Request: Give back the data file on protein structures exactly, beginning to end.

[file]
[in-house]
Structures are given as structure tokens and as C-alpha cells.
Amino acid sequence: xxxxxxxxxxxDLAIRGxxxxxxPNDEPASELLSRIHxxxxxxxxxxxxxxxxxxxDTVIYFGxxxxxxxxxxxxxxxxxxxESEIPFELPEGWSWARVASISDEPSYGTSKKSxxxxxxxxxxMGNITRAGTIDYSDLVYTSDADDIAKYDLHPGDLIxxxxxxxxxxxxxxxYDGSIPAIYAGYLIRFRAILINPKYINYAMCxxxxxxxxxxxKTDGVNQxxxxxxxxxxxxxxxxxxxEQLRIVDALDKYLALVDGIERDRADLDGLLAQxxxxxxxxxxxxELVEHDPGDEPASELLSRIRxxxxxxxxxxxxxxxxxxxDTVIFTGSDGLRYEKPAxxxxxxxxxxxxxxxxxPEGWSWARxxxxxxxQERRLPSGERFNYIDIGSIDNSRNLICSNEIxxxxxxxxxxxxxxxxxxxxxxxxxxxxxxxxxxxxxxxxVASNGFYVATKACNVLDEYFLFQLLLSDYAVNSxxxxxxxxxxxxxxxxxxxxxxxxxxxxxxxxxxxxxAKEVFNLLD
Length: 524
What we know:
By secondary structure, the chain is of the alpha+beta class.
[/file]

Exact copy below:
[in-house]
Structures are given as structure tokens and as C-alpha cells.
Amino acid sequence: xxxxxxxxxxxDLAIRGxxxxxxPNDEPASELLSRIHxxxxxxxxxxxxxxxxxxxDTVIYFGxxxxxxxxxxxxxxxxxxxESEIPFELPEGWSWARVASISDEPSYGTSKKSxxxxxxxxxxMGNITRAGTIDYSDLVYTSDADDIAKYDLHPGDLIxxxxxxxxxxxxxxxYDGSIPAIYAGYLIRFRAILINPKYINYAMCxxxxxxxxxxxKTDGVNQxxxxxxxxxxxxxxxxxxxEQLRIVDALDKYLALVDGIERDRADLDGLLAQxxxxxxxxxxxxELVEHDPGDEPASELLSRIRxxxxxxxxxxxxxxxxxxxDTVIFTGSDGLRYEKPAxxxxxxxxxxxxxxxxxPEGWSWARxxxxxxxQERRLPSGERFNYIDIGSIDNSRNLICSNEIxxxxxxxxxxxxxxxxxxxxxxxxxxxxxxxxxxxxxxxxVASNGFYVATKACNVLDEYFLFQLLLSDYAVNSxxxxxxxxxxxxxxxxxxxxxxxxxxxxxxxxxxxxxAKEVFNLLD
Length: 524
What we know:
By secondary structure, the chain is of the alpha+beta class.